By Christine Arens
Resetting clocks can lead to bizarre developments, expert says
Resetting clocks can lead to bizarre developments. For example, the first-born twin is always the oldest. Right? Usually this is true and can easily be determined by checking the time recorded on their individual birth certificates.
However, the exception to this rule is that one night each year when Daylight Saving Time ends and clocks are set back one hour… and time “repeats” itself!
In 2016 the year’s end to Daylight Saving Time presented a bizarre situation for twin boys born in West Barnstable, Massachusetts near Cape Cod. On November 6, 2016, Samuel Peterson, the older twin, was born at 1:39 am. Brother Ronan arrived some 31 minutes later.
But here’s the problem. Because Daylight Saving Time ended and clocks were set back one hour, Ronan’s birth was officially recorded as 1:10 am. So, at least on paper, it would appear that Ronan is the older twin!
This is not the first time something like this has happened and, most likely, it will not be the last. A similar situation with twins born as Daylight Saving Time ended was recorded in 2007 in the state of North Carolina. Peter Cirioli was born at 1:32 am, and his twin sister Allison was born 34 minutes later. But again, on paper, it appears that Allison, born at 1:06 am, is the older twin.
Blame Benjamin Franklin
The concept of Daylight-Saving Time was first proposed by Benjamin Franklin in his 1784 essay “An Economical Project.” He presented the idea as a way to best use natural daylight and to save on the cost of candles and oil for lamps. For more than a century it remained just that – an interesting idea.
World War I gave new meaning to the concept of saving fuel, only this time not just for cost efficiency but as a means of preserving fuel for the war effort. Thus, War Time was observed both in Europe and the United States; Ben Franklin’s unique idea was actually put into action.
Following World War I many countries lapsed back into their previous ways of doing things. However, in some places, the Daylight-Saving idea was acknowledged as beneficial, and Daylight Time continued in use during summer months. Then with the onset of World War II, in the United States War Time was mandated on a national basis and was observed year-around, non-stop, from February 1942 through September 1945.
World War I and World War II really began the chaos of ‘recorded’ time. If Universal Time using Greenwich Standard Time as a reference were used world-wide problems such as twins being born on either side of the reset clock would not be an issue. However, countries tend to be independent in their thinking – and in the way they choose to observe time. In some rare situations, whole days have been lost when places have decided to move from one side of the International Date Line to the other.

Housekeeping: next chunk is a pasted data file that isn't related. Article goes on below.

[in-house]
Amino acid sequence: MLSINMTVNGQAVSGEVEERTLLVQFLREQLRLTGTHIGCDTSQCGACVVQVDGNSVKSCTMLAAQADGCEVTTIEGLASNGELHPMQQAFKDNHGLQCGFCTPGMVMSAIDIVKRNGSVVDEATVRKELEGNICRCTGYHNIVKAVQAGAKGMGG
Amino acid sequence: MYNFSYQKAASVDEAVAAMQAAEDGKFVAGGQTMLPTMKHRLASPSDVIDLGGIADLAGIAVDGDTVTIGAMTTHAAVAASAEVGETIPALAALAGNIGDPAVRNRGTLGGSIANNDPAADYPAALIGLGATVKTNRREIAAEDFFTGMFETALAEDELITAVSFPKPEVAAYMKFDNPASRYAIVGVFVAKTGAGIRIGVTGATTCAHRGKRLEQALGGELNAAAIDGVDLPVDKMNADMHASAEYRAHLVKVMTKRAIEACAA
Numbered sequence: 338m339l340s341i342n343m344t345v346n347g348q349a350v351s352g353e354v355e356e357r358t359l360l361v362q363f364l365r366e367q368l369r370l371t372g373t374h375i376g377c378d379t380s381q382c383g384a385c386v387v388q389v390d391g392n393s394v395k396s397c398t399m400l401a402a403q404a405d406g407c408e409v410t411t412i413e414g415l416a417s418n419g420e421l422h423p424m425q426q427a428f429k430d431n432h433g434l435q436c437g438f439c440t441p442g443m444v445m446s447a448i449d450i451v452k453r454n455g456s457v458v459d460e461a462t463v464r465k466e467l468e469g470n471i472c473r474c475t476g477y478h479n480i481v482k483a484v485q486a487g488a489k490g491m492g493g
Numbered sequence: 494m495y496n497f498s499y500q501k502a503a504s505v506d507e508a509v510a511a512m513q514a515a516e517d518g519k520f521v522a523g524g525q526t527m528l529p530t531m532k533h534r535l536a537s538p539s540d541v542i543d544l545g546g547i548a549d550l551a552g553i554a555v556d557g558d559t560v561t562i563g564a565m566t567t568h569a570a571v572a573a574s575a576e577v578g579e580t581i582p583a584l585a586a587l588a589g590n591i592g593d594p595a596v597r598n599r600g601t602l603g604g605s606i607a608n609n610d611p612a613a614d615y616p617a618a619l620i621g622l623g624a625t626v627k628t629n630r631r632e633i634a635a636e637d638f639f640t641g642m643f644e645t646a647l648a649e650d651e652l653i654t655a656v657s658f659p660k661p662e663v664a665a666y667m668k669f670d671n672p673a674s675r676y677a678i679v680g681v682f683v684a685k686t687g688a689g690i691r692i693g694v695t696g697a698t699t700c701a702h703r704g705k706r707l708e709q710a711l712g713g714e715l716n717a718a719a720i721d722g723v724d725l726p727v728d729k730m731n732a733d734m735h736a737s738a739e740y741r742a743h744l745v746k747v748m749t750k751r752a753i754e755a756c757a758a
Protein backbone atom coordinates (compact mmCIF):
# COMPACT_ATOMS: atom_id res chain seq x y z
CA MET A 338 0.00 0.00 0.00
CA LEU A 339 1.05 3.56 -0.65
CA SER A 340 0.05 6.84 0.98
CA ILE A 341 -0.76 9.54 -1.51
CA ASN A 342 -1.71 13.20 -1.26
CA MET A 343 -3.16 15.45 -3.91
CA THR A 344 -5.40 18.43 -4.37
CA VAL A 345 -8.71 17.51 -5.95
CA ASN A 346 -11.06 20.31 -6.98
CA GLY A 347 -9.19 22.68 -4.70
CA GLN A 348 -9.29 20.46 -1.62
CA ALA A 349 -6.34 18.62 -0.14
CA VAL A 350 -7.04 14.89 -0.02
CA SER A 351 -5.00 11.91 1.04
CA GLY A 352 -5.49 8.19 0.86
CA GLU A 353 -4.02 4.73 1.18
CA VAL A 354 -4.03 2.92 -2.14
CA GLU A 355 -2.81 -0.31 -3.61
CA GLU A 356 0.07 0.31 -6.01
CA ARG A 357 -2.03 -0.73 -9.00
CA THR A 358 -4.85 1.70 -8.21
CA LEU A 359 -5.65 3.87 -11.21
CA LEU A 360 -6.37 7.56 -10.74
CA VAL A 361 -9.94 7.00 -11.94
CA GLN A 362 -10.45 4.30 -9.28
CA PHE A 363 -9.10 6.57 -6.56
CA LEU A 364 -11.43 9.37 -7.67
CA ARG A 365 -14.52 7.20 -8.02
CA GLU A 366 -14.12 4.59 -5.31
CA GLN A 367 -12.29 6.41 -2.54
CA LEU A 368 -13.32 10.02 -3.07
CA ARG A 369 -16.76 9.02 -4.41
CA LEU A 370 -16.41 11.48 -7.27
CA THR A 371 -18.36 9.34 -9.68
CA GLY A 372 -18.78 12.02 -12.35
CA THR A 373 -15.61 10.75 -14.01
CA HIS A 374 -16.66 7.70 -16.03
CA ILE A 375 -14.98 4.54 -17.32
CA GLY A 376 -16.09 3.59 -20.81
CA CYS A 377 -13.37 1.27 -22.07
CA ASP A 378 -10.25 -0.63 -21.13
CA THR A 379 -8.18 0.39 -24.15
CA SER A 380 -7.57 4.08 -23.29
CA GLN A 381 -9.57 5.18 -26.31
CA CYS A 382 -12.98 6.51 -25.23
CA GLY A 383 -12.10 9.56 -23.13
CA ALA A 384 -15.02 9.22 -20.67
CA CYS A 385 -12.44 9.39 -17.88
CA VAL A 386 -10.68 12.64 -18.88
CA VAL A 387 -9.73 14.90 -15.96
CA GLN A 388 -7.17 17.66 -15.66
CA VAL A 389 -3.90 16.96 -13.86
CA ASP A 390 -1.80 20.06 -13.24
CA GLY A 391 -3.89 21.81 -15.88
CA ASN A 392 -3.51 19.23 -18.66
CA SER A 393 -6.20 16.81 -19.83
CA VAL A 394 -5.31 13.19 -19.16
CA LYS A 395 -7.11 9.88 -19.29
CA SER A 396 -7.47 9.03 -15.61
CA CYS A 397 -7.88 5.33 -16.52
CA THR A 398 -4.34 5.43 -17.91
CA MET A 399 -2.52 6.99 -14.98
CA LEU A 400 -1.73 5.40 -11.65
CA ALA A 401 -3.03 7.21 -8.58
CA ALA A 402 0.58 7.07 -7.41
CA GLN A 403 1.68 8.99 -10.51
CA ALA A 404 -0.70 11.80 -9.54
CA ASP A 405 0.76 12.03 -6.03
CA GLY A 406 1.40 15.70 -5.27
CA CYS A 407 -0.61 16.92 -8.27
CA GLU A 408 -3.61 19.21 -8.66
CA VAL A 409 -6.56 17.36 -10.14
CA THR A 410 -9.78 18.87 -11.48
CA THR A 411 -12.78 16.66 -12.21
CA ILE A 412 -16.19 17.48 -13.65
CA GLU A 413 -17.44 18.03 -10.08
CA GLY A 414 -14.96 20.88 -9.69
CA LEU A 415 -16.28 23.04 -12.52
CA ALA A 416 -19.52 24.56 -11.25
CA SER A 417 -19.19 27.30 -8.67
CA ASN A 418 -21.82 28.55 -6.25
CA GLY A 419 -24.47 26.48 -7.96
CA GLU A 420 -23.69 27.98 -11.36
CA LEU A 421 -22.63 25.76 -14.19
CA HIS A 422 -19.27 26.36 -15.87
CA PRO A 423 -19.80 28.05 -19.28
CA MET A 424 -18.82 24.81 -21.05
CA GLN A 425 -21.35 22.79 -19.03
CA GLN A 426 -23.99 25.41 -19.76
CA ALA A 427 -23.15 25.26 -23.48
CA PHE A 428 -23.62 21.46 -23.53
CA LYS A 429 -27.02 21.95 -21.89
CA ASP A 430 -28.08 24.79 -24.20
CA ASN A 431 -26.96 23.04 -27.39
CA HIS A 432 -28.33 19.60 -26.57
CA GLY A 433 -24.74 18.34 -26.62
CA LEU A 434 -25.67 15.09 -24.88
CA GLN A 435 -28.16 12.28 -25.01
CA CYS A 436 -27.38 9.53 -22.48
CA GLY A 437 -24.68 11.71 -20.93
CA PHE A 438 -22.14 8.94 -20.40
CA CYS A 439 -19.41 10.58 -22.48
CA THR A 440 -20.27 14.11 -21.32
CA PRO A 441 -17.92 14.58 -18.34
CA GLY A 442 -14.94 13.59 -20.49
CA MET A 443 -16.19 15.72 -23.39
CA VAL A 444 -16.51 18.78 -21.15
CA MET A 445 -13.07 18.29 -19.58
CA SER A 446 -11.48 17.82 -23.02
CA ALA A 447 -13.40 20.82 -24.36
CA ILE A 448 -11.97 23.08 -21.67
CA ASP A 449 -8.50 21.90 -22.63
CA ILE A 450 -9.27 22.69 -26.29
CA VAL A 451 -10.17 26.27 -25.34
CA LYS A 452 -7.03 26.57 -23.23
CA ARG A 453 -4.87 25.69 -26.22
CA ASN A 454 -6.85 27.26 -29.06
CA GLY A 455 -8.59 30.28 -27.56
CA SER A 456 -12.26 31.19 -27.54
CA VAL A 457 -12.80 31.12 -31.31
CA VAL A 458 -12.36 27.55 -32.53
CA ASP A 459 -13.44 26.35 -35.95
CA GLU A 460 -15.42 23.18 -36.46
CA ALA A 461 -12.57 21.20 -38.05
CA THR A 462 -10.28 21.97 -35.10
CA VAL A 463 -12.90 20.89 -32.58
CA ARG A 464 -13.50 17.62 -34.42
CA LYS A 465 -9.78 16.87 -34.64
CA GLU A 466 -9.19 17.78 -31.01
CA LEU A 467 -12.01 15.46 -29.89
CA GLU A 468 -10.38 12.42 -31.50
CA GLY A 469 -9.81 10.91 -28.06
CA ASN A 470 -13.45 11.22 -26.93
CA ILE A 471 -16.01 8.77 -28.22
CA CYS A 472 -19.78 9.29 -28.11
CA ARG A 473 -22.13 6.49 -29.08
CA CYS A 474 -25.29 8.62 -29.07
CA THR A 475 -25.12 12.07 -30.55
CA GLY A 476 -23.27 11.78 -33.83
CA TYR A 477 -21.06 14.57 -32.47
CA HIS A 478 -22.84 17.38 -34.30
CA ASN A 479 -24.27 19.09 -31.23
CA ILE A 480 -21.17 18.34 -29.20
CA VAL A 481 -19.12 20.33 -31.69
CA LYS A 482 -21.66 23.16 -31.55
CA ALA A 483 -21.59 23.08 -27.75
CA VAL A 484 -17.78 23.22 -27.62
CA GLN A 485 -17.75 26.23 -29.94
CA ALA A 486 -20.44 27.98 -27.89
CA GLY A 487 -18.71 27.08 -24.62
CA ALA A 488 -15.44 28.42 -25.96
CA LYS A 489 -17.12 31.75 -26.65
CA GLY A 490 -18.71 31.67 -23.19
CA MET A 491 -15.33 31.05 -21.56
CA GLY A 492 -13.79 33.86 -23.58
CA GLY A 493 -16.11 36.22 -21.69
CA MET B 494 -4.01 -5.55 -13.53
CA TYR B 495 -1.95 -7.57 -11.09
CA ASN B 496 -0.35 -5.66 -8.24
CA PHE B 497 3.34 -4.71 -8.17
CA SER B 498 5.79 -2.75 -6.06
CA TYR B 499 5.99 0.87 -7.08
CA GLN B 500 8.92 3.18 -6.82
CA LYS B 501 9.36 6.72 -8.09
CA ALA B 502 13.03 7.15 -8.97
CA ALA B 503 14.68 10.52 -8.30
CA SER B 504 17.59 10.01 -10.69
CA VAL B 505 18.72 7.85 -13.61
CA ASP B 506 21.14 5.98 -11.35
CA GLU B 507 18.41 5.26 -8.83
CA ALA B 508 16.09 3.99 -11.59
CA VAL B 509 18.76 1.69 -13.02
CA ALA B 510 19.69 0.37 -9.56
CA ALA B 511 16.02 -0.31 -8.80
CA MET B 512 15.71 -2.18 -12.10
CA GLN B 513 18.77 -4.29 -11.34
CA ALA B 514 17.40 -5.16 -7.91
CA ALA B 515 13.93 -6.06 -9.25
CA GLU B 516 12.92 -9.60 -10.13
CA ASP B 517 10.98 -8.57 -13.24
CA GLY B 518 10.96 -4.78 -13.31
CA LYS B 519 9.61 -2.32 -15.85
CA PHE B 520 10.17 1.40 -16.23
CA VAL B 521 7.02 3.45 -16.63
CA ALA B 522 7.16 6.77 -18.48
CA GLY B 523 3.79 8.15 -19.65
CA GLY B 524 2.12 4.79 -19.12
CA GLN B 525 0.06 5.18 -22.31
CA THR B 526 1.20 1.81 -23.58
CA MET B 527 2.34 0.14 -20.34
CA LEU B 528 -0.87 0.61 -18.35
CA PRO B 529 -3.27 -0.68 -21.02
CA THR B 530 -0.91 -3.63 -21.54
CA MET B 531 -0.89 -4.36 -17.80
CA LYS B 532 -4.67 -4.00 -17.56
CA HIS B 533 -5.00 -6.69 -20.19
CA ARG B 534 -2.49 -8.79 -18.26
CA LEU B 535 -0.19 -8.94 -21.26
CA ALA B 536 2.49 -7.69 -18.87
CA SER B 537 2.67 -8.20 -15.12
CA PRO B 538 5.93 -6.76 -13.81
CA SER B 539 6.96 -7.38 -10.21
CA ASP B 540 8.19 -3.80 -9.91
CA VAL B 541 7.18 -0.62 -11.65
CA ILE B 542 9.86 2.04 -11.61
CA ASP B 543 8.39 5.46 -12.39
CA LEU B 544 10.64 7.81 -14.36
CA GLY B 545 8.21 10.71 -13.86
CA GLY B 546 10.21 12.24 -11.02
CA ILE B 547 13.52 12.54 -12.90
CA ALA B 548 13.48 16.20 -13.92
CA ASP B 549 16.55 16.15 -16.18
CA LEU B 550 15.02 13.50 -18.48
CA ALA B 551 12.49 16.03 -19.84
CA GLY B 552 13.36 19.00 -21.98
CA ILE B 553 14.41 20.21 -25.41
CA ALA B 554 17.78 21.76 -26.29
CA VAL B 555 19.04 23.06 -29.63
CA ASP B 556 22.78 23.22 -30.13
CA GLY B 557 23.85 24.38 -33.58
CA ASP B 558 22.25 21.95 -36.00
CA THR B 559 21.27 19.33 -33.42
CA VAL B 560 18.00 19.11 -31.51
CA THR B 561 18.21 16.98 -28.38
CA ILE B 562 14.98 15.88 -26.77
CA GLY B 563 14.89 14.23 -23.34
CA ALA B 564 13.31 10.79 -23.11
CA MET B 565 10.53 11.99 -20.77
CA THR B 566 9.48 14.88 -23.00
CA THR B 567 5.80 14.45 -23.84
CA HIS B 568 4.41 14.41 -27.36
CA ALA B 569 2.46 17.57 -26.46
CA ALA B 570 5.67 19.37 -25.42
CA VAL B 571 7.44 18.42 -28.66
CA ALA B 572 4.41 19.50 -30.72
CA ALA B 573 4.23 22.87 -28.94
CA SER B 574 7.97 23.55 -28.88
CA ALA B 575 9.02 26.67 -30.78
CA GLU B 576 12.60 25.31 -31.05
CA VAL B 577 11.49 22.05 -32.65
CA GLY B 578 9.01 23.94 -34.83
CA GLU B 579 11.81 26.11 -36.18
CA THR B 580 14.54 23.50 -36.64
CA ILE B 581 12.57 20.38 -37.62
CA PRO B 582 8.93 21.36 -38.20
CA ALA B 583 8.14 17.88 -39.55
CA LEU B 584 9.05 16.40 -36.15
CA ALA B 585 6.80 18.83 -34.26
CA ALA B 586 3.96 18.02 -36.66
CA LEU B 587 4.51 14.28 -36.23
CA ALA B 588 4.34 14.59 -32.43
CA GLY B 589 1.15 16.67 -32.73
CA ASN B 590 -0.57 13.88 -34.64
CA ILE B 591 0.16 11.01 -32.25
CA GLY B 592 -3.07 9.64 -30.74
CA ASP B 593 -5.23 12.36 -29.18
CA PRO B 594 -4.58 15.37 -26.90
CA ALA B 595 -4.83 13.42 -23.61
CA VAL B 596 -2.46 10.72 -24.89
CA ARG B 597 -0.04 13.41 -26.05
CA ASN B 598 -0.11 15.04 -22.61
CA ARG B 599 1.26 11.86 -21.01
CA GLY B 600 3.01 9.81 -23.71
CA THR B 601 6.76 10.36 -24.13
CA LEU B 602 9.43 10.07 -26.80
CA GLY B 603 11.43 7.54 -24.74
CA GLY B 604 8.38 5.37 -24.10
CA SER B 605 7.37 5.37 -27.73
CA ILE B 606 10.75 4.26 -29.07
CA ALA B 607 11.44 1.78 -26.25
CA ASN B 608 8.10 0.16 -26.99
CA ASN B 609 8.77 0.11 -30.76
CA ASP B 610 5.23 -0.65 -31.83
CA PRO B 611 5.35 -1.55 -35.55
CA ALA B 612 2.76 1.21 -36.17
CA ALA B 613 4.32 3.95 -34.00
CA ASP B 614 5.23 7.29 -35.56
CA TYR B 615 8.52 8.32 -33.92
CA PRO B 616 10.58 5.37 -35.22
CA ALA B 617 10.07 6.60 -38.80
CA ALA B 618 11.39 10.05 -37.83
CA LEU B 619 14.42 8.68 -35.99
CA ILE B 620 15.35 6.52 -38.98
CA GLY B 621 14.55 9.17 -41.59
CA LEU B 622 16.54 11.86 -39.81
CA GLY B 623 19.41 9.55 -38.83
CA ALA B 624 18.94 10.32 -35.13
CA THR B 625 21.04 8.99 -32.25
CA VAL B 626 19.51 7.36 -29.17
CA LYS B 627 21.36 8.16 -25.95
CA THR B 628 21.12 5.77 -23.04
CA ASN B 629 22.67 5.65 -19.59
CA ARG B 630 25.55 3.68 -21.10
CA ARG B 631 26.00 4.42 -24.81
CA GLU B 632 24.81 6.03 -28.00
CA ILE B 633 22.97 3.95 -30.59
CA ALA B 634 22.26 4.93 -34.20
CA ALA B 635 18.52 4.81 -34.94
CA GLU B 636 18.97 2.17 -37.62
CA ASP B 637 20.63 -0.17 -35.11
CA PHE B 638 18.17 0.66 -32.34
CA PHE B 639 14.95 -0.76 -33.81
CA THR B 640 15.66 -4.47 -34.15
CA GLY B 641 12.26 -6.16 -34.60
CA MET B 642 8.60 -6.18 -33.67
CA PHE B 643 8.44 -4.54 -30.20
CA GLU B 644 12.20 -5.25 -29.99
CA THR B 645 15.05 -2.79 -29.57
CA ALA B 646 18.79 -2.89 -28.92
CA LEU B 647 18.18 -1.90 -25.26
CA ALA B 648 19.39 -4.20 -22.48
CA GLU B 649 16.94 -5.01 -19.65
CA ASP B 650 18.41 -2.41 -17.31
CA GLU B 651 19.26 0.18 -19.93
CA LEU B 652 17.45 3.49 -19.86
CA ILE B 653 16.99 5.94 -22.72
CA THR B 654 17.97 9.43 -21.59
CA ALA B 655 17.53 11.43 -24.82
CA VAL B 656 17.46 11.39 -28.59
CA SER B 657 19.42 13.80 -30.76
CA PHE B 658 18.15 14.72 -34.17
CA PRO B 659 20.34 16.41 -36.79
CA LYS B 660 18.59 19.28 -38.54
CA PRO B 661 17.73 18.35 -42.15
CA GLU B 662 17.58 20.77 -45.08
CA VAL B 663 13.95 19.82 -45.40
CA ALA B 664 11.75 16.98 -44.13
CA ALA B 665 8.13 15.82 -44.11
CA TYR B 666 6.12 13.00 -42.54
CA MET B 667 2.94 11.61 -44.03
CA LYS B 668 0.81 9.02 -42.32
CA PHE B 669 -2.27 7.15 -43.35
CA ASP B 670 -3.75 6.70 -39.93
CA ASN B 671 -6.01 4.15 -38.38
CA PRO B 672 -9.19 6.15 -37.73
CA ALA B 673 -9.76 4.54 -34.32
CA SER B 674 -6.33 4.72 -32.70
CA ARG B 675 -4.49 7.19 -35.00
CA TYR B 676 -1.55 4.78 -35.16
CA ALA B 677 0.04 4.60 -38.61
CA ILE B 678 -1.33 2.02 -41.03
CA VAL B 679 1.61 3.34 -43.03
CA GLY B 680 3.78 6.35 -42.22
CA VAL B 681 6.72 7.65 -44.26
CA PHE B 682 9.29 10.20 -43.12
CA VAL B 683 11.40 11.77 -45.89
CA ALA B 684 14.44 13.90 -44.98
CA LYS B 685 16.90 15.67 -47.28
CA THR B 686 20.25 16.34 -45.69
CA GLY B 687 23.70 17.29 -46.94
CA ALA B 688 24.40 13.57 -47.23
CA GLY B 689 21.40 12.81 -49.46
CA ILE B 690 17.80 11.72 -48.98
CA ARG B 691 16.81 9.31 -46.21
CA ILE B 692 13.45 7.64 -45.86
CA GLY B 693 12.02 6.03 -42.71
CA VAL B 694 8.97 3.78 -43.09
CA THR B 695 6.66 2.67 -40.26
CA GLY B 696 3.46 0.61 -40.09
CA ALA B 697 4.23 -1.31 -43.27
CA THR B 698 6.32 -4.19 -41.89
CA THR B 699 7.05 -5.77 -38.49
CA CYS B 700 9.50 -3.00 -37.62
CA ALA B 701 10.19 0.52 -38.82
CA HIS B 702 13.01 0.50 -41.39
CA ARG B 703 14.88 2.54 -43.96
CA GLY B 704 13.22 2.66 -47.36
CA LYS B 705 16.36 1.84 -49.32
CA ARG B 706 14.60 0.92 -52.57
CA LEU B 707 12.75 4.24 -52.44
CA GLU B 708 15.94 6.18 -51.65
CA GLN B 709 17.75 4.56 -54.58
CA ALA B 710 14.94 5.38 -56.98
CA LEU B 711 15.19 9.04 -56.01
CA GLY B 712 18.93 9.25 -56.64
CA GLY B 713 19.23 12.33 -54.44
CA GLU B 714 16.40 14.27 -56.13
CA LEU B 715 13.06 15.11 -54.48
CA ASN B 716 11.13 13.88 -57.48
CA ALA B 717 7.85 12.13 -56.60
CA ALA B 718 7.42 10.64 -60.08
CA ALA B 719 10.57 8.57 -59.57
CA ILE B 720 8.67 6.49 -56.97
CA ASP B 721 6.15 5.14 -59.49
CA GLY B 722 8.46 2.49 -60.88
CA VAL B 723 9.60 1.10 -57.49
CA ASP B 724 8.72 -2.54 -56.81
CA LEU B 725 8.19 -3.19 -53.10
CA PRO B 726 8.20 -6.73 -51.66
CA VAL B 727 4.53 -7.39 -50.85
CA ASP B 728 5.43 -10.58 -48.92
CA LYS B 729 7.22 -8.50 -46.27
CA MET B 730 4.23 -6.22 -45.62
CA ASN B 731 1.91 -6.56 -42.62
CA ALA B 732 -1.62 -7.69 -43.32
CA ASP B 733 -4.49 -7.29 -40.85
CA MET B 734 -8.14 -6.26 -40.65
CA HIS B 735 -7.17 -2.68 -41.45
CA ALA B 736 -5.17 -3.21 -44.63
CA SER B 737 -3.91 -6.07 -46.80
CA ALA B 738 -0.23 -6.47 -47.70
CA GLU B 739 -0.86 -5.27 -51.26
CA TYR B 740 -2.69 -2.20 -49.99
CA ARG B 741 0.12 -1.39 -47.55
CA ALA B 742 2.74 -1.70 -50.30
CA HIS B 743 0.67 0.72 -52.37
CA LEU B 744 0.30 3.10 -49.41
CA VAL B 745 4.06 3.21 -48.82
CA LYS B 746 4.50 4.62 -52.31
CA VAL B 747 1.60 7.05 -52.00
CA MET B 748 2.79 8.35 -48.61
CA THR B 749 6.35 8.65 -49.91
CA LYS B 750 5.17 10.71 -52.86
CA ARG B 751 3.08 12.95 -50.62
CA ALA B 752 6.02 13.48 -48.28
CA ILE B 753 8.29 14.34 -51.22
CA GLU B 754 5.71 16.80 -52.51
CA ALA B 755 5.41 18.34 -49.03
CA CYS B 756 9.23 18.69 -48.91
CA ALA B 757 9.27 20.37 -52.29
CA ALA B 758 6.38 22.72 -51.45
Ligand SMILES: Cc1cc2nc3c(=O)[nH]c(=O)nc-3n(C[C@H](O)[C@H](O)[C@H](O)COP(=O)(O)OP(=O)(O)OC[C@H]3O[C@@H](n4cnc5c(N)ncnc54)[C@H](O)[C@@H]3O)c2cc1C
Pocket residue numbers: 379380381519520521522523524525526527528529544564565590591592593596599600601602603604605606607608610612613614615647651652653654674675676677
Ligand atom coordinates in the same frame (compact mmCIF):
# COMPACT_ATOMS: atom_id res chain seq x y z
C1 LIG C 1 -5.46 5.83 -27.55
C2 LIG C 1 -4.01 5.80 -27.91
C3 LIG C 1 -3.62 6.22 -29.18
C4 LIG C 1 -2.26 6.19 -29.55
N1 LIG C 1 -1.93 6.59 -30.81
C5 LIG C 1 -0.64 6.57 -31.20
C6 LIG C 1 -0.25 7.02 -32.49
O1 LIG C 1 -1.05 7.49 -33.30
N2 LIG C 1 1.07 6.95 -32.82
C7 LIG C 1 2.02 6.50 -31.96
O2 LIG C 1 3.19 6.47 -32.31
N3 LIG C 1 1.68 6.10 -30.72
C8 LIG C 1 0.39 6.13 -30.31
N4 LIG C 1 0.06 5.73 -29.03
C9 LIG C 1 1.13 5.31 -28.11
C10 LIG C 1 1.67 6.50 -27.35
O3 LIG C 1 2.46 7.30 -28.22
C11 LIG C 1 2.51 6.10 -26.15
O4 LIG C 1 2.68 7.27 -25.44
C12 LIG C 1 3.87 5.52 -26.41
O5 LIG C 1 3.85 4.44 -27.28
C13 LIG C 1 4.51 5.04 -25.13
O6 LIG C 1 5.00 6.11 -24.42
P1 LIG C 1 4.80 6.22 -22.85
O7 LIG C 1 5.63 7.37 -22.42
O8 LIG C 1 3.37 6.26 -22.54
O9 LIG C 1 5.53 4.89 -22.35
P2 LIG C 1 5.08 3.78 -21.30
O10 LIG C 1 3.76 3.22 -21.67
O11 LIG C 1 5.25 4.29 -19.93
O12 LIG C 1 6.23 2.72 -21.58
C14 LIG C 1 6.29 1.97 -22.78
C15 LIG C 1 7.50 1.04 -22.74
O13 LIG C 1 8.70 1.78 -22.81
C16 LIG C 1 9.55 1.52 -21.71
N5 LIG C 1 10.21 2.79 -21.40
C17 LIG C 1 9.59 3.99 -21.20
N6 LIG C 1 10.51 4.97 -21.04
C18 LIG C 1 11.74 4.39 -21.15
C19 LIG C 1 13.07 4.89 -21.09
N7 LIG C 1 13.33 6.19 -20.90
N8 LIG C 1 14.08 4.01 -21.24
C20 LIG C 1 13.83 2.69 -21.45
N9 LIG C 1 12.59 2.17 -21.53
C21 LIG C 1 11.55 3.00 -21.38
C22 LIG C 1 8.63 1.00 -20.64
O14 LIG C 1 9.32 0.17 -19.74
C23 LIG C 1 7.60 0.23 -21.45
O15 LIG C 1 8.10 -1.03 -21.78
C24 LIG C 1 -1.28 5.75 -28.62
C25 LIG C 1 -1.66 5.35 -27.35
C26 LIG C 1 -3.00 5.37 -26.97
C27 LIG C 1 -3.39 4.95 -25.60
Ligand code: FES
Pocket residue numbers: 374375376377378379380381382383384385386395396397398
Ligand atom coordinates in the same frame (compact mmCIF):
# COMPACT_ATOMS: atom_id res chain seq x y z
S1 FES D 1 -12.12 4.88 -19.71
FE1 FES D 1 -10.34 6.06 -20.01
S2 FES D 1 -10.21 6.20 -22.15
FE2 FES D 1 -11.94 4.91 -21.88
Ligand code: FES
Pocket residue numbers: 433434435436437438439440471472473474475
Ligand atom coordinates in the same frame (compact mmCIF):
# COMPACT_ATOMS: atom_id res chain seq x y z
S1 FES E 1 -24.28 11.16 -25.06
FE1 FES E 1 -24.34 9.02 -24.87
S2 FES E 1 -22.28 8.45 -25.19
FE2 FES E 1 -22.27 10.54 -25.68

A Significant Challenge
The use of Daylight-Saving Time presents a significant challenge to astrologers, who need the correct time to prepare an accurate astrological birth chart. Today most astrologers use computer programs to do the calculations for a chart, which means they are depending on the computer software to be correct.
This also means that the software used needs to be updated on a regular basis to accommodate the way time is recorded on a country-by-country basis. In the United States, in some locations, this means updating software on a local basis as well.
For decades individual counties in the state of Indiana had the option of choosing the time zone they wanted, and whether or not they wished to observe Daylight Saving Time. This confusion was not settled until 2008, when the state finally passed a law to clarify how each county was to observe time. Today in Indiana Daylight Saving Time is observed statewide. While most of the state uses the Eastern Time zone, some counties are now required, by law, to use the Central Time zone instead.
An astrologer preparing a birth chart will ordinarily ask for the time recorded on the birth certificate when this information is available. But there are really two additional questions to ask.
First, was someone carefully and accurately recording the moment of the first breath? Amazingly, there are often discrepancies here as well. In one situation known to me personally the time on the infant’s hospital bracelet differed considerably from the time recorded on the birth certificate.
The second question relates to the use of Daylight-Saving Time. For that one day in the year when the clocks are set back, does the astrologer really know what time it is?
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